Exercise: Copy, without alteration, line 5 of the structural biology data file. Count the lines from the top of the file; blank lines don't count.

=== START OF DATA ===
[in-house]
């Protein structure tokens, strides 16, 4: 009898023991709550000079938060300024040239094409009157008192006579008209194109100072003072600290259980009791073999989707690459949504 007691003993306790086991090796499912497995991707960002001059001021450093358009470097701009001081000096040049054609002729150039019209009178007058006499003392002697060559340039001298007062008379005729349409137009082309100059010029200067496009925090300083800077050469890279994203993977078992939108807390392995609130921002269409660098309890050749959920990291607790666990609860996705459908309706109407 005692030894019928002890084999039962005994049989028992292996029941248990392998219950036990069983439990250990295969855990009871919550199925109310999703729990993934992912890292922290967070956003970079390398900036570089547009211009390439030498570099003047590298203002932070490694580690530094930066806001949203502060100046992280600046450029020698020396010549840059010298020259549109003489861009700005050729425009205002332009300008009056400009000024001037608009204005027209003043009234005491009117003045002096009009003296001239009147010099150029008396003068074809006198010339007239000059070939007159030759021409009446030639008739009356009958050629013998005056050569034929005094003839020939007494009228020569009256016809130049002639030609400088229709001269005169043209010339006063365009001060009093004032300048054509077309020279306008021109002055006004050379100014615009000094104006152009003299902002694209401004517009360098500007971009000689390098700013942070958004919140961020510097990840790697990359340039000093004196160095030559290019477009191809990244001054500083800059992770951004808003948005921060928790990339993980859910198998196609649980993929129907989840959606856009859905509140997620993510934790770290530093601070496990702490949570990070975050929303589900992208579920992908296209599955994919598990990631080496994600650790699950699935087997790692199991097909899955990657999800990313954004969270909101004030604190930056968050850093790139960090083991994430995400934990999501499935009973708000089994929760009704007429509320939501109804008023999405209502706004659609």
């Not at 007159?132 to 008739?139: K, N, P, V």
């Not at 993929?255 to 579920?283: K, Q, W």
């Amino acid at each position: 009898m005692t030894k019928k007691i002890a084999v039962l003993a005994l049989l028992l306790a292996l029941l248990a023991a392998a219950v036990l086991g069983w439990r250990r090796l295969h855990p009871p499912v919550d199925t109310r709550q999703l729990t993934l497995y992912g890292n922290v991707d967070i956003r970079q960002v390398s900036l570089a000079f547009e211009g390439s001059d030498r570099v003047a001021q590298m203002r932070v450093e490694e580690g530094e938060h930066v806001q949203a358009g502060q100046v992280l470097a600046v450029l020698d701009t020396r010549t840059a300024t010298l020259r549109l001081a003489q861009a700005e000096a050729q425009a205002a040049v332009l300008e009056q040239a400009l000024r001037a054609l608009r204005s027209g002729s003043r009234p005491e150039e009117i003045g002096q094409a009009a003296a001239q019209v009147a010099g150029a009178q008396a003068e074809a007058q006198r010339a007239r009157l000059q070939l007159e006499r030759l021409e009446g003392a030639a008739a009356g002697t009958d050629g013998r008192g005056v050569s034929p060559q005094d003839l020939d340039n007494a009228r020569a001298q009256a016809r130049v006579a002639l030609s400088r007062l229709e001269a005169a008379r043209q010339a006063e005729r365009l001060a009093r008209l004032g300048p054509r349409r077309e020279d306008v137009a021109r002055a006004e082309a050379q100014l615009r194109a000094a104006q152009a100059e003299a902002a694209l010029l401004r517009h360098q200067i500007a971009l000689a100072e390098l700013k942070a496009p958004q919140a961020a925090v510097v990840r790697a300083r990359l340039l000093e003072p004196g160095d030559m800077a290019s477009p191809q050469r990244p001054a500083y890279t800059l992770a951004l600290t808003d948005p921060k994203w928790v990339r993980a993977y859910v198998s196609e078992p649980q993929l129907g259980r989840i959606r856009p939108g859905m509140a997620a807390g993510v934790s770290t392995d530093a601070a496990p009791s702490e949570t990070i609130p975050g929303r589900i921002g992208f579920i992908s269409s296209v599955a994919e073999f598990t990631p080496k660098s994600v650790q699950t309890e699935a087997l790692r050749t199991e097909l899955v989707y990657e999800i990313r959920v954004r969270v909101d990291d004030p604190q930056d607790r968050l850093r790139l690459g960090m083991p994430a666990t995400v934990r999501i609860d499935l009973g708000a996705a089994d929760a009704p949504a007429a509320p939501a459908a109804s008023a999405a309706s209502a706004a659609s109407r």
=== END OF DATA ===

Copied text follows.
């Amino acid at each position: 009898m005692t030894k019928k007691i002890a084999v039962l003993a005994l049989l028992l306790a292996l029941l248990a023991a392998a219950v036990l086991g069983w439990r250990r090796l295969h855990p009871p499912v919550d199925t109310r709550q999703l729990t993934l497995y992912g890292n922290v991707d967070i956003r970079q960002v390398s900036l570089a000079f547009e211009g390439s001059d030498r570099v003047a001021q590298m203002r932070v450093e490694e580690g530094e938060h930066v806001q949203a358009g502060q100046v992280l470097a600046v450029l020698d701009t020396r010549t840059a300024t010298l020259r549109l001081a003489q861009a700005e000096a050729q425009a205002a040049v332009l300008e009056q040239a400009l000024r001037a054609l608009r204005s027209g002729s003043r009234p005491e150039e009117i003045g002096q094409a009009a003296a001239q019209v009147a010099g150029a009178q008396a003068e074809a007058q006198r010339a007239r009157l000059q070939l007159e006499r030759l021409e009446g003392a030639a008739a009356g002697t009958d050629g013998r008192g005056v050569s034929p060559q005094d003839l020939d340039n007494a009228r020569a001298q009256a016809r130049v006579a002639l030609s400088r007062l229709e001269a005169a008379r043209q010339a006063e005729r365009l001060a009093r008209l004032g300048p054509r349409r077309e020279d306008v137009a021109r002055a006004e082309a050379q100014l615009r194109a000094a104006q152009a100059e003299a902002a694209l010029l401004r517009h360098q200067i500007a971009l000689a100072e390098l700013k942070a496009p958004q919140a961020a925090v510097v990840r790697a300083r990359l340039l000093e003072p004196g160095d030559m800077a290019s477009p191809q050469r990244p001054a500083y890279t800059l992770a951004l600290t808003d948005p921060k994203w928790v990339r993980a993977y859910v198998s196609e078992p649980q993929l129907g259980r989840i959606r856009p939108g859905m509140a997620a807390g993510v934790s770290t392995d530093a601070a496990p009791s702490e949570t990070i609130p975050g929303r589900i921002g992208f579920i992908s269409s296209v599955a994919e073999f598990t990631p080496k660098s994600v650790q699950t309890e699935a087997l790692r050749t199991e097909l899955v989707y990657e999800i990313r959920v954004r969270v909101d990291d004030p604190q930056d607790r968050l850093r790139l690459g960090m083991p994430a666990t995400v934990r999501i609860d499935l009973g708000a996705a089994d929760a009704p949504a007429a509320p939501a459908a109804s008023a999405a309706s209502a706004a659609s109407r």